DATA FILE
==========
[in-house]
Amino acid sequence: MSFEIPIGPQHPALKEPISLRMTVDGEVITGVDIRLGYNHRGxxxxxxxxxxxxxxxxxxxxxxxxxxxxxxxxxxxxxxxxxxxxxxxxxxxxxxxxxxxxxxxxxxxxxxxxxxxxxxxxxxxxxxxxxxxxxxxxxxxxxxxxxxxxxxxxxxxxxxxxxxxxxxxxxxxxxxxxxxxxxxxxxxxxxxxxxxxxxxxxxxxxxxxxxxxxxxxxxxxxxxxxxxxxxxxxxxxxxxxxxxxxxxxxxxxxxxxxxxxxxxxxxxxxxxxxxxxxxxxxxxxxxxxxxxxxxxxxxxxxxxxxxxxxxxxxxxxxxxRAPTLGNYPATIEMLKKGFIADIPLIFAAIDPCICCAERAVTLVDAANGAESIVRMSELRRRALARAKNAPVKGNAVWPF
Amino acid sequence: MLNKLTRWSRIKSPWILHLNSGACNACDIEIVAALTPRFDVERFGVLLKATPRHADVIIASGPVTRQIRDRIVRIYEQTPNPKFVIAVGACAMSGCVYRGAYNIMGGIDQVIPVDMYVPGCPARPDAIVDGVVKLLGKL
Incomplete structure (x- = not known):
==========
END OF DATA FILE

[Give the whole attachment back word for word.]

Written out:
[in-house]
Amino acid sequence: MSFEIPIGPQHPALKEPISLRMTVDGEVITGVDIRLGYNHRGxxxxxxxxxxxxxxxxxxxxxxxxxxxxxxxxxxxxxxxxxxxxxxxxxxxxxxxxxxxxxxxxxxxxxxxxxxxxxxxxxxxxxxxxxxxxxxxxxxxxxxxxxxxxxxxxxxxxxxxxxxxxxxxxxxxxxxxxxxxxxxxxxxxxxxxxxxxxxxxxxxxxxxxxxxxxxxxxxxxxxxxxxxxxxxxxxxxxxxxxxxxxxxxxxxxxxxxxxxxxxxxxxxxxxxxxxxxxxxxxxxxxxxxxxxxxxxxxxxxxxxxxxxxxxxxxxxxxxxRAPTLGNYPATIEMLKKGFIADIPLIFAAIDPCICCAERAVTLVDAANGAESIVRMSELRRRALARAKNAPVKGNAVWPF
Amino acid sequence: MLNKLTRWSRIKSPWILHLNSGACNACDIEIVAALTPRFDVERFGVLLKATPRHADVIIASGPVTRQIRDRIVRIYEQTPNPKFVIAVGACAMSGCVYRGAYNIMGGIDQVIPVDMYVPGCPARPDAIVDGVVKLLGKL
Incomplete structure (x- = not known):